• Cycle from Rome to Syracuse in the Old Erie Canal State Historic Park. Start in Rome and you’ll be at ground zero for canal construction. Dignitaries turned the first shovel of soil in Rome on July 4, 1817. Why Rome? To ensure early success, workers started first on the easiest, most level section. Canal surveyors laid out the “Long Level” extending in both directions from Rome. This 66-mile section, from Frankfort in the east to the outskirts of Syracuse to the west, was completed without a single lock. You’ll see a number of aqueducts and bridges as you ride along the old canal—and it will be just as level for cycling as it was for canal construction 200 years ago.
  • Cycle in the Capital Region and visit Cohoes Falls. The steep climb out of the Hudson Valley around Cohoes Falls at the eastern end of the canal was one of the biggest obstacles to canal construction. Engineers designed 18 locks in Cohoes to climb 165 feet of elevation and circumvent this barrier to westward navigation. View the 75-foot cataract from Falls View Park and look for the remains of the stone locks that operated here in the 1800s adjacent to the parking area for the park. Follow the trail west for a scenic ride along the Mohawk River/Erie Canal.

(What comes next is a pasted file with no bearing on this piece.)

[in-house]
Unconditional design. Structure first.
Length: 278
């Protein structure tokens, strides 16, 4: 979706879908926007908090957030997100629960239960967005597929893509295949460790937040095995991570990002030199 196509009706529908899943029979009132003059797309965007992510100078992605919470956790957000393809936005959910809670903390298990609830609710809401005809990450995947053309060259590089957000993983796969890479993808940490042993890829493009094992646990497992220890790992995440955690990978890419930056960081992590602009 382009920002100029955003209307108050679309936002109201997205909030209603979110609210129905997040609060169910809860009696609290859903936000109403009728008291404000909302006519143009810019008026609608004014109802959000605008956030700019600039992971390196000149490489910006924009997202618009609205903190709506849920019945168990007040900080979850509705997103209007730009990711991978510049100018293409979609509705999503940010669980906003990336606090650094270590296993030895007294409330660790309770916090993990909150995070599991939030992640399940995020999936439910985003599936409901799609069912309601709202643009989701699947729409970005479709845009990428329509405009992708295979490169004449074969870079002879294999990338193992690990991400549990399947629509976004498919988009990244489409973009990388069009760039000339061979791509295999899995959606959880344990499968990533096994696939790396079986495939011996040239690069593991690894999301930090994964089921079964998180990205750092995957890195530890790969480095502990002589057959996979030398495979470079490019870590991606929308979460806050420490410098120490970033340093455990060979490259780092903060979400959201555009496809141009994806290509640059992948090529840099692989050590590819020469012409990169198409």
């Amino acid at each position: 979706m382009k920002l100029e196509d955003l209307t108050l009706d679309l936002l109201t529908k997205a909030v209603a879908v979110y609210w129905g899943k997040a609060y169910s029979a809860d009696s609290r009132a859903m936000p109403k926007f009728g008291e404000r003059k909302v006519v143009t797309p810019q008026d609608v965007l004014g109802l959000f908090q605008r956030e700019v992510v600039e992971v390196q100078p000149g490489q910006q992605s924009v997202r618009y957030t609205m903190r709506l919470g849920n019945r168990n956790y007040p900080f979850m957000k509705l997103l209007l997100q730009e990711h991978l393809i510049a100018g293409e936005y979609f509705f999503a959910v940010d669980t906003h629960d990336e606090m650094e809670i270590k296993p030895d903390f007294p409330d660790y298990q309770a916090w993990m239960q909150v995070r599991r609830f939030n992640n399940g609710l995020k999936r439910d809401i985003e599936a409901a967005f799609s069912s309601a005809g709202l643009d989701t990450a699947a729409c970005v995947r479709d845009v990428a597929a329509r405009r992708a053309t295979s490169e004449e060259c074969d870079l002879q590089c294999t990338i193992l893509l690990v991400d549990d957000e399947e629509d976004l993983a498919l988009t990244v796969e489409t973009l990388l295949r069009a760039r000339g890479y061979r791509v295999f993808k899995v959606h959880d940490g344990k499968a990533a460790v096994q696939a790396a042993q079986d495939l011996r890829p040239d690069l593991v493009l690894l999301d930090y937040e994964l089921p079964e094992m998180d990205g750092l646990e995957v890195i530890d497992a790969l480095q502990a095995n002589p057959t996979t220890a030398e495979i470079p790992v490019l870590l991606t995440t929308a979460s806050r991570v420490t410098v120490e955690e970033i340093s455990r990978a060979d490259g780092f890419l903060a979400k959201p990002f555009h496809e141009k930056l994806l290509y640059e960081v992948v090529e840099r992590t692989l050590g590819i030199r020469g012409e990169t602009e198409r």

• Cycle from Lockport along the Erie Canal in Western New York. In June 1825 one of the final sections of the Erie Canal was completed in Lockport. The Lockport Flight of Five was a staircase of five locks that solved the challenge of helping boats climb the 60-foot Niagara Escarpment. Start your trip at the locks and visit the nearby Erie Canal Discovery Center, which showcases the building of the famous Flight of Five. Cycle east from Lockport; the trail is adjacent to the longest section of the canal that still follows its original path and retains its historic relationship to the communities and landscapes along its banks. You’ll discover historic Main Streets, lift bridges, farm fields, and 20th century locks alongside historic lock ruins, canal engineering marvels, and cobblestone and local sandstone buildings.